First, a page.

Cameroon came from behind to win their fifth Nations Cup in Libreville on Sunday as Vincent Aboubakar’s sublime late winner downed Egypt 2-1 before a partisan crowd in Gabon, ending the Indomitable Lions’ 15-year wait for the continental gold.
Mohamed Elneny had given Egypt the lead midway through the first half with a close-range effort, but Cameroon wrested back the initiative after substitute Nicolas Nkoulou headed home an equaliser in the 50th minute.
Aboubakar has largely been reduced to a peripheral player in this unfamiliar Cameroon side under coach Hugo Broos, but he delivered the goods when it mattered most as he flicked the ball over Aly Gabr in the 89th minute before volleying against the ground and past veteran stopper Essam El Hadary, to the delight of the crowd at the Stade de l’Amitie.
The triumph ends a miserable few years for Cameroon, who hadn’t reached a Nations Cup final since 2008 but have been revived under the management of Broos, with the manager reinvigorating the team with a series of new faces and unheralded players.
On this occasion, however, it was two of the squad’s more established names – N’Koulou and Aboubakar – who stepped up when it mattered most and fired the Lions to the grandest prize in the African game.
Throughout the Nations Cup, and notably in the semi-final against Burkina Faso, Egypt have largely been content to play a steady, methodical game, controlling the midfield and relying on the quality of Salah to forge openings.
During the opening stages in Libreville, however, they sought to be proactive and take the game to Cameroon, perhaps sensing that this Lions backline could be exposed.
They were almost ahead after just a minute and a half, when a neat interchange unpicked the Cameroon defence but Al-Ahly’s Abdallah El-Said could only fire directly at Joseph Ondoa.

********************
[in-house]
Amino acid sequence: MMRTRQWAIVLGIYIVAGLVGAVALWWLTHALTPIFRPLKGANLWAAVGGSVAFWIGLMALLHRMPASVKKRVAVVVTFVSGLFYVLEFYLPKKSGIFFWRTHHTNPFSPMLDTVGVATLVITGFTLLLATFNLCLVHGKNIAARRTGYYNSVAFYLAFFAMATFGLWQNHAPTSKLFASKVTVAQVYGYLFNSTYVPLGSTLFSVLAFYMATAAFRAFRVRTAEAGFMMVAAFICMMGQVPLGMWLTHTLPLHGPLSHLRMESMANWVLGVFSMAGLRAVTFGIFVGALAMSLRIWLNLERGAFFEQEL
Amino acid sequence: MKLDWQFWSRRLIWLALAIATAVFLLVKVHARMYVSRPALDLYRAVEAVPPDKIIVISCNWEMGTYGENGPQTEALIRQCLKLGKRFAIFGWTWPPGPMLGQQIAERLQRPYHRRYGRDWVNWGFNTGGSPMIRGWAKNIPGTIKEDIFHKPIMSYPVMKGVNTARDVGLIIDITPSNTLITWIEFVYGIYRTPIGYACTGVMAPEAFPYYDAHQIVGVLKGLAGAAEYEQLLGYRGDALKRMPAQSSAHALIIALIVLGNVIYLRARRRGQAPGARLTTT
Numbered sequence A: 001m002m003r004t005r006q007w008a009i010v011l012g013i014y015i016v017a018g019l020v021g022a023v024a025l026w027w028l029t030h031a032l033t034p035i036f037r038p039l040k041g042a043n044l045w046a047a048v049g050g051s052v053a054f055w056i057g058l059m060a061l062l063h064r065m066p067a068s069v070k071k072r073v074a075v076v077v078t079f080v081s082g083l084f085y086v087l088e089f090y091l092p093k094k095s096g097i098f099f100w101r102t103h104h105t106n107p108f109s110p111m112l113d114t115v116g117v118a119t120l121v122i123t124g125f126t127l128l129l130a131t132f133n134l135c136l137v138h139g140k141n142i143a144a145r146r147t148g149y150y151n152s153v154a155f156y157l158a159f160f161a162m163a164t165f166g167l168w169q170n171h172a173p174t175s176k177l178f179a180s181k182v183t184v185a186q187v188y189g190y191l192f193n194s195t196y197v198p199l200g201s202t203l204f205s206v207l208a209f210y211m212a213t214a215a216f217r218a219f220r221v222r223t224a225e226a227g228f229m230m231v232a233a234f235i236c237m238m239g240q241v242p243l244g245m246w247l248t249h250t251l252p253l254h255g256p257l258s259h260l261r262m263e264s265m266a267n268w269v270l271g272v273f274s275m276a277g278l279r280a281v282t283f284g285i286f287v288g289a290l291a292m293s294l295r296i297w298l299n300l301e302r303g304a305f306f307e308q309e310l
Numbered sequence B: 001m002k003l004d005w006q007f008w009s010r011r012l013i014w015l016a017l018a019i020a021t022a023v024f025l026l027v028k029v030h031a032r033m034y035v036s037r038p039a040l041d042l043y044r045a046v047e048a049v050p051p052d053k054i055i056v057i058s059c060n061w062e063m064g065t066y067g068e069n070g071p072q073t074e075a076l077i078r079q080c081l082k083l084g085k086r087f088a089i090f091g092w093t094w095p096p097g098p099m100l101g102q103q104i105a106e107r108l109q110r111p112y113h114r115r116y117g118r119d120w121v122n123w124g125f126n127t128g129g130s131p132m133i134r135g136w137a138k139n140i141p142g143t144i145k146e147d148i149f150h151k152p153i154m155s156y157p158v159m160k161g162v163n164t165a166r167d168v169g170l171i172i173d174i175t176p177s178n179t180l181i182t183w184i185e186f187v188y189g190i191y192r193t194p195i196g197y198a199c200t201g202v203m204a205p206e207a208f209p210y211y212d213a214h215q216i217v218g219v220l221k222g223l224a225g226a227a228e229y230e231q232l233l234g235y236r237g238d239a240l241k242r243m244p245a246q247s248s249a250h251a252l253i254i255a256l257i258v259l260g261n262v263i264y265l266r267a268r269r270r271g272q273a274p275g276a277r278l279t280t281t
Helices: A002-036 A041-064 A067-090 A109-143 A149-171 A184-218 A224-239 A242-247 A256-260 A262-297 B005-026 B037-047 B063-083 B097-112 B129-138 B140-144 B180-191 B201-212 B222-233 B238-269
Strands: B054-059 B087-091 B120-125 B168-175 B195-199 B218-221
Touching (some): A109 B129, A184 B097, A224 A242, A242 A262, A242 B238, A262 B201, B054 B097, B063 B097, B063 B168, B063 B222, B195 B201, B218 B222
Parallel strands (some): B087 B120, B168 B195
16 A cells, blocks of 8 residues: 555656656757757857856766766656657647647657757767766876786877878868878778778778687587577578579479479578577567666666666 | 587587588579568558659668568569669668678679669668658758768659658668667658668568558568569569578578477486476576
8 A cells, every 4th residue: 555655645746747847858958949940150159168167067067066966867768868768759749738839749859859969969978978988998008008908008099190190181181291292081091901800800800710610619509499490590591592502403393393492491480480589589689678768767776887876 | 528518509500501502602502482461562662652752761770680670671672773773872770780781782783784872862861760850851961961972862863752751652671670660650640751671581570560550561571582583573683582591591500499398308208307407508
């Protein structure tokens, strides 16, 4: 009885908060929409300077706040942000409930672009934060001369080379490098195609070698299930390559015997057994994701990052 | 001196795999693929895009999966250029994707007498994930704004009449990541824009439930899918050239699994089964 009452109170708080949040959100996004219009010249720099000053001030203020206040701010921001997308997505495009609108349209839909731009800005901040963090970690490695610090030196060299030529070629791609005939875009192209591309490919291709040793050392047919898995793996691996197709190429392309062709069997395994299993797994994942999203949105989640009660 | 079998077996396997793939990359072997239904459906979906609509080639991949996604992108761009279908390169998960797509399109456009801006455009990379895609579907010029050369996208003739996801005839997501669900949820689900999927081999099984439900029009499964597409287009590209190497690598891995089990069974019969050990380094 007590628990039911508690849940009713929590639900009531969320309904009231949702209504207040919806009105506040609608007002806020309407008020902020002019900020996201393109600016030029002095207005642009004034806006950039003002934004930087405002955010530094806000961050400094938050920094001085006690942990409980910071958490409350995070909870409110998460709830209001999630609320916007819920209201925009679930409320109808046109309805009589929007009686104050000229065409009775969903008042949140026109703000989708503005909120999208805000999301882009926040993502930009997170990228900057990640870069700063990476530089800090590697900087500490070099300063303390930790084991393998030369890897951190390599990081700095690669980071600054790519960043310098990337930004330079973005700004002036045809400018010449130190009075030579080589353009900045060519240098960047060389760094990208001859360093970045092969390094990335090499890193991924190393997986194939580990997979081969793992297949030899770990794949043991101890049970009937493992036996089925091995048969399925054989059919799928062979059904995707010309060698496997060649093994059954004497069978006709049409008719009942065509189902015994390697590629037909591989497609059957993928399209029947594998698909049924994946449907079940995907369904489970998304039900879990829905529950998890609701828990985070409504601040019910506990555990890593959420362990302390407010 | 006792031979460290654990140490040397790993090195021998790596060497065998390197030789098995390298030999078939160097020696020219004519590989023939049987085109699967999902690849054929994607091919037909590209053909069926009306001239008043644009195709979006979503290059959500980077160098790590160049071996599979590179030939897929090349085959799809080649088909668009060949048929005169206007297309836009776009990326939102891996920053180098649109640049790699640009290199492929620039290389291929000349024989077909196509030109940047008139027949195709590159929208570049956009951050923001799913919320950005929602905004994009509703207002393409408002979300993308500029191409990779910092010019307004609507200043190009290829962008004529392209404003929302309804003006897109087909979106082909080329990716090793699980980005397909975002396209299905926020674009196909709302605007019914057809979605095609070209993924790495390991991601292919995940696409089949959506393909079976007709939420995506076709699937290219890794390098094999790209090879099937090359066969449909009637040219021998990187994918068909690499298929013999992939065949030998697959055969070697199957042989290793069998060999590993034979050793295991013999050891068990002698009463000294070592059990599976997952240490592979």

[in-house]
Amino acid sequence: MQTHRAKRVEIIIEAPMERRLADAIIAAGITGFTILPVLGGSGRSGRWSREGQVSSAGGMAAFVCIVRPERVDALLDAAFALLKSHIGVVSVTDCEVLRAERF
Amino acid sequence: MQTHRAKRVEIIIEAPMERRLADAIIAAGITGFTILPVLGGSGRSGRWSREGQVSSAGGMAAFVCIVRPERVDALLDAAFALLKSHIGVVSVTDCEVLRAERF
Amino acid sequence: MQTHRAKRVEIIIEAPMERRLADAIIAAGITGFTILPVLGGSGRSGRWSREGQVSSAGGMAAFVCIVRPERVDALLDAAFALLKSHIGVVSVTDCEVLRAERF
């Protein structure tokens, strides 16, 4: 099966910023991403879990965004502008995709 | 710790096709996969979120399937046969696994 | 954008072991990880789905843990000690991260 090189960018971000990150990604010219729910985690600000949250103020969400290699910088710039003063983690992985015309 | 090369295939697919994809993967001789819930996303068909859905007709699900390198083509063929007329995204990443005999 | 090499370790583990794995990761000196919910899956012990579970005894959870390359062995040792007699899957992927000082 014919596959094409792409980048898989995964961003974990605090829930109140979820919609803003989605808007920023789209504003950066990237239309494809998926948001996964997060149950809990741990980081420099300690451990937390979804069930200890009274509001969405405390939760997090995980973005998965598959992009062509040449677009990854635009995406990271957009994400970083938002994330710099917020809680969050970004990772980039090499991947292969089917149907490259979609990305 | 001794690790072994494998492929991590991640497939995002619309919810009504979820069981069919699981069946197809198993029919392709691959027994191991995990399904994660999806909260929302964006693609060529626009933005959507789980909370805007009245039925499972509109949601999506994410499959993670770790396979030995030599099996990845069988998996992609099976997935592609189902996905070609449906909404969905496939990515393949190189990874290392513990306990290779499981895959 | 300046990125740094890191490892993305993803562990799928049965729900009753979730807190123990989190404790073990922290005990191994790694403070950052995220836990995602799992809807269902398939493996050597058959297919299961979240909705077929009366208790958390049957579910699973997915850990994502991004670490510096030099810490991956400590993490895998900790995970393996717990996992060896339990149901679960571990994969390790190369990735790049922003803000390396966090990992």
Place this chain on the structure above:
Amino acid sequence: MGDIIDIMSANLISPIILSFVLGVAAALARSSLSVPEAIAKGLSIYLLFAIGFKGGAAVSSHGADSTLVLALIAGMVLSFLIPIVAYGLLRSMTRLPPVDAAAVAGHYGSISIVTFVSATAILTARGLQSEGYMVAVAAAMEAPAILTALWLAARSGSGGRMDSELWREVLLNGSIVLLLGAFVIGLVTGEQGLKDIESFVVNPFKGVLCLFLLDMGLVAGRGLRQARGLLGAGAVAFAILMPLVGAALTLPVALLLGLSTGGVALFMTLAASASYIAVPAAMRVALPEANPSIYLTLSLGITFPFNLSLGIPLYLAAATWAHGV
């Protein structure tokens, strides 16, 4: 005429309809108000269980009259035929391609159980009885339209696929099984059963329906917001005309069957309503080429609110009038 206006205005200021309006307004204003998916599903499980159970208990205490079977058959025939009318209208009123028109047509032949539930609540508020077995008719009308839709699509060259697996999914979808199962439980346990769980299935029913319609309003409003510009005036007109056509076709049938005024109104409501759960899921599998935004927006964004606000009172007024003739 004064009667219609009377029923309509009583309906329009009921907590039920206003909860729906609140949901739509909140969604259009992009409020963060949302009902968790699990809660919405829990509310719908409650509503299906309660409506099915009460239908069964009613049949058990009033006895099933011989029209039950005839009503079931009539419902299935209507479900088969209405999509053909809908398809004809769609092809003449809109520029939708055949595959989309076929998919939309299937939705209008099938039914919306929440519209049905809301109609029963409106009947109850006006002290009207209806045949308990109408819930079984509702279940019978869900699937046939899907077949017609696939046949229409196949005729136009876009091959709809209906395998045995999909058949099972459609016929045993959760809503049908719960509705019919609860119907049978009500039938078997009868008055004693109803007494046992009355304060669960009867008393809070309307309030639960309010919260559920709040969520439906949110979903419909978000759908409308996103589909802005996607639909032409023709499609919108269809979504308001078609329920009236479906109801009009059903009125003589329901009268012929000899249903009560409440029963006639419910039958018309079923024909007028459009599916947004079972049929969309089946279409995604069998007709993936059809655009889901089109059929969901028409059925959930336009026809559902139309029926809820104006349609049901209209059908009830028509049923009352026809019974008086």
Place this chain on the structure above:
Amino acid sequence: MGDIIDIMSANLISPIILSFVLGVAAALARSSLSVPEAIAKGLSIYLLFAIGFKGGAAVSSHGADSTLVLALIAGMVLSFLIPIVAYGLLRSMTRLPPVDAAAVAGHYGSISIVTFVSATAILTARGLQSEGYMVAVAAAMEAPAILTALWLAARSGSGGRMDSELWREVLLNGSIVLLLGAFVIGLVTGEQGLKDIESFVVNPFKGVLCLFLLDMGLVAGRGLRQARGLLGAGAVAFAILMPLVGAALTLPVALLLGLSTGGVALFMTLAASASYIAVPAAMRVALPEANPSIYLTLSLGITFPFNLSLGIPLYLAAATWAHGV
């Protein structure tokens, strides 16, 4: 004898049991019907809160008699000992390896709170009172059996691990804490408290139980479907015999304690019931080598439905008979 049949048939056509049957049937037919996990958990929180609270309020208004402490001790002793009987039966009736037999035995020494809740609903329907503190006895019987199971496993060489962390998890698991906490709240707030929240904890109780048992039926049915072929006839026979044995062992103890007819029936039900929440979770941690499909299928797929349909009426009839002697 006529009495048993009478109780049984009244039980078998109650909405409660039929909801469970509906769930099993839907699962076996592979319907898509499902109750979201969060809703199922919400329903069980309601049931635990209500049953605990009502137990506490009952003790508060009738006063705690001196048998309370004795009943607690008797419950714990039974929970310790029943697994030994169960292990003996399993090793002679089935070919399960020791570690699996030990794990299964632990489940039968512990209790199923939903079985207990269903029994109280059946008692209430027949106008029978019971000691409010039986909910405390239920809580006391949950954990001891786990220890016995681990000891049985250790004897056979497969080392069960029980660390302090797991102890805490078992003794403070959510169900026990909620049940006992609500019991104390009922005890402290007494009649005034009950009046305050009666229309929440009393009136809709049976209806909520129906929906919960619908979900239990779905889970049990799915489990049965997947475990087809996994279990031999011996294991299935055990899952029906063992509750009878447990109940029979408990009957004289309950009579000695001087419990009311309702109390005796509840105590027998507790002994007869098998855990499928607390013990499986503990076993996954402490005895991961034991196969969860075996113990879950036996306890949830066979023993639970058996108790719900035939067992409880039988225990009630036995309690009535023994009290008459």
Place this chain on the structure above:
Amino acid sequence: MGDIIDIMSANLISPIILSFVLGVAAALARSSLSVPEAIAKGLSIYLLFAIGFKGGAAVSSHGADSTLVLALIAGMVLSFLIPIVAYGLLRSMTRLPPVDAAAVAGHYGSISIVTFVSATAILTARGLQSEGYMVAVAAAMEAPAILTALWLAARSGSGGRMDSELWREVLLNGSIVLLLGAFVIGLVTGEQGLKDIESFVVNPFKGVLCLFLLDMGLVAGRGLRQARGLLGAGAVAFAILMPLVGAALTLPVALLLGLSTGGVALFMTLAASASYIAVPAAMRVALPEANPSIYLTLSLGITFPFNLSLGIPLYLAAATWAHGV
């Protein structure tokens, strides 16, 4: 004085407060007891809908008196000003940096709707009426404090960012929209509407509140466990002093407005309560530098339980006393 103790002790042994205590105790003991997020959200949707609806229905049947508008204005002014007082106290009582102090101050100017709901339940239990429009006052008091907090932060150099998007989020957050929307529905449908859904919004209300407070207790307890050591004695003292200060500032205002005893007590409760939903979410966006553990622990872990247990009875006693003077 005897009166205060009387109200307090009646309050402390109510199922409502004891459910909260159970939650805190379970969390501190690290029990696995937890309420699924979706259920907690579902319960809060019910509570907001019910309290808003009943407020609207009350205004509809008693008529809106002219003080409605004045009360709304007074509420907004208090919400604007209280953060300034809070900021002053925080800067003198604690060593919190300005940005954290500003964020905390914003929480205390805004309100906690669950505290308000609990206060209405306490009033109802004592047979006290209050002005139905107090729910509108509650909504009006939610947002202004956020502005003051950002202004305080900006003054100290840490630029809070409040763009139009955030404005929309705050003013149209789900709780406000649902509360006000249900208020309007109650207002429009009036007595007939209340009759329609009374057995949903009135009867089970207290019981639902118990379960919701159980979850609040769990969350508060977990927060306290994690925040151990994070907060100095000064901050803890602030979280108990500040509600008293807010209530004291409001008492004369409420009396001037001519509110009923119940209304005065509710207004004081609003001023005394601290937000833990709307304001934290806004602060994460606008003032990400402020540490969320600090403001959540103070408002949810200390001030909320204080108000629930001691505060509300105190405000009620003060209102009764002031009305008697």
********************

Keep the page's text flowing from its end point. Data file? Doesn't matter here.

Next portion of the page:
It was an early warning sign, and while Egypt enjoyed the better of the early exchanges, Cameroon served a reminder of their enduring offensive quality on six minutes when a cutback found Sebastien Siani, but the central midfielder’s shot was tame and held comfortably by El Hadary.
When Egypt did take the lead, it was as much the consequence of Cameroon’s own defensive failings as their offensive class.
Amr Warda tore down the right flank and cut the ball across to Salah. The AS Roma’s forward control was exquisite, and his assist to find Elneny, an injury doubt ahead of the Final, evidenced his vision in the final third.
However, as the Arsenal midfielder approached goal, he was awarded acres of space by defender Adolphe Teikeu, who perversely drifted away from the ball and the man before sluggishly struggling to get back.
Perhaps questions too must be raised about Ondoa’s role in the goal, with the young stopper beaten at his near post—admittedly by a powerful strike—and failing to react in time to narrow the angle or block the midfielder’s effort.
The veteran El Hadary—at 44 the oldest player in Afcon history—has been one of the stars of this tournament so far, but the occasional indecision he demonstrated against Burkina Faso was again evident, notably just after the hour mark when he flapped at a shot but Christian Bassogog’s effort was fired over.
Teikeu was replaced by Nkoulou midway through the first half due to injury, with the jilted ex-captain making an intriguing return to the side after being dropped by Hugo Broos.
While his experience in the heart of the defence helped Cameroon stem Egypt’s threat and wrest back control of the contest, it was his quality in the air that ultimately made the difference at the other end of the pitch.
The centre-back leapt above a clutch of Egyptian defenders and headed past El Hadary from the centre of the box after Benjamin Moukandjo had whipped in a fine cross, with Egypt having failed to clear their lines following a corner from the captain.
The Pharaohs had been pegged back by Burkina Faso in the semi-final despite taking the lead, but ultimately progressed on penalties after holding their nerve during extra time.
On this occasion, however, there would be no reprieve.
Aboubakar, introduced as a halftime substitute for Robert Ndip Tambe, has seen his stock fall in recent seasons, but reaffirmed his class here with a delicious effort to down the Pharaohs.
The forward deftly controlled a long ball on his chest, before flicking it over Gabr and sending his effort against the ground and beyond El Hadary.
It was a strike that returned Cameroon to the pinnacle of the African game, ending a decade and a half of underachievement, and ensured that the Indomitable Lions were left roaring once again.